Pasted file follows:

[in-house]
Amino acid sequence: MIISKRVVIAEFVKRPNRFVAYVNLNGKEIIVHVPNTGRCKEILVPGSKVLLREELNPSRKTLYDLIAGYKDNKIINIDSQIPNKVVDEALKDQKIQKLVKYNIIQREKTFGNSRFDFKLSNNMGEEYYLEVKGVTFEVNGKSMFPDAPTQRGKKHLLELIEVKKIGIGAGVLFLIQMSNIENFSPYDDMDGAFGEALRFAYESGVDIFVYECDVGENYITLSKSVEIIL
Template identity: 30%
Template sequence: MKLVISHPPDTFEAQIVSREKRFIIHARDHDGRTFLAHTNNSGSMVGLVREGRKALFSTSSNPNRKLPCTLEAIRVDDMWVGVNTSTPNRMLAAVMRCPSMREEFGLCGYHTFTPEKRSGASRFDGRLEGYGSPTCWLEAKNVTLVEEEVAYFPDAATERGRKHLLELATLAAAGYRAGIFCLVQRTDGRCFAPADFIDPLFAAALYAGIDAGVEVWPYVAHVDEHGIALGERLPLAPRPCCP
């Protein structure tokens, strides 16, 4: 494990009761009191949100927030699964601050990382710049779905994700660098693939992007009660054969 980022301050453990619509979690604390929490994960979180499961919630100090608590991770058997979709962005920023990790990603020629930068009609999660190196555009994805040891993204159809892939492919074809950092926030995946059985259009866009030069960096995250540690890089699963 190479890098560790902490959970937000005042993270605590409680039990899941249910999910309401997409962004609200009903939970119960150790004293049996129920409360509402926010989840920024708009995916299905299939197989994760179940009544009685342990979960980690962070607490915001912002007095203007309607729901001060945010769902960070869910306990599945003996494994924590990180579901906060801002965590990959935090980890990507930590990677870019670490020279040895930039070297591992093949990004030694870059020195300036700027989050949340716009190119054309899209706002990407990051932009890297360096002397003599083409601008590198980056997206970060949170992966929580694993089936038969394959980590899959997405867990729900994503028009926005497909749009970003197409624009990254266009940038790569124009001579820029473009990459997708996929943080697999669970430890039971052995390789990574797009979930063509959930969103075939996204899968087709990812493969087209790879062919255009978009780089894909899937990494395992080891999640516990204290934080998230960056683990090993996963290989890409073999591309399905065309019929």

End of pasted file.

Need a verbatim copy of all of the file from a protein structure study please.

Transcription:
[in-house]
Amino acid sequence: MIISKRVVIAEFVKRPNRFVAYVNLNGKEIIVHVPNTGRCKEILVPGSKVLLREELNPSRKTLYDLIAGYKDNKIINIDSQIPNKVVDEALKDQKIQKLVKYNIIQREKTFGNSRFDFKLSNNMGEEYYLEVKGVTFEVNGKSMFPDAPTQRGKKHLLELIEVKKIGIGAGVLFLIQMSNIENFSPYDDMDGAFGEALRFAYESGVDIFVYECDVGENYITLSKSVEIIL
Template identity: 30%
Template sequence: MKLVISHPPDTFEAQIVSREKRFIIHARDHDGRTFLAHTNNSGSMVGLVREGRKALFSTSSNPNRKLPCTLEAIRVDDMWVGVNTSTPNRMLAAVMRCPSMREEFGLCGYHTFTPEKRSGASRFDGRLEGYGSPTCWLEAKNVTLVEEEVAYFPDAATERGRKHLLELATLAAAGYRAGIFCLVQRTDGRCFAPADFIDPLFAAALYAGIDAGVEVWPYVAHVDEHGIALGERLPLAPRPCCP
């Protein structure tokens, strides 16, 4: 494990009761009191949100927030699964601050990382710049779905994700660098693939992007009660054969 980022301050453990619509979690604390929490994960979180499961919630100090608590991770058997979709962005920023990790990603020629930068009609999660190196555009994805040891993204159809892939492919074809950092926030995946059985259009866009030069960096995250540690890089699963 190479890098560790902490959970937000005042993270605590409680039990899941249910999910309401997409962004609200009903939970119960150790004293049996129920409360509402926010989840920024708009995916299905299939197989994760179940009544009685342990979960980690962070607490915001912002007095203007309607729901001060945010769902960070869910306990599945003996494994924590990180579901906060801002965590990959935090980890990507930590990677870019670490020279040895930039070297591992093949990004030694870059020195300036700027989050949340716009190119054309899209706002990407990051932009890297360096002397003599083409601008590198980056997206970060949170992966929580694993089936038969394959980590899959997405867990729900994503028009926005497909749009970003197409624009990254266009940038790569124009001579820029473009990459997708996929943080697999669970430890039971052995390789990574797009979930063509959930969103075939996204899968087709990812493969087209790879062919255009978009780089894909899937990494395992080891999640516990204290934080998230960056683990090993996963290989890409073999591309399905065309019929």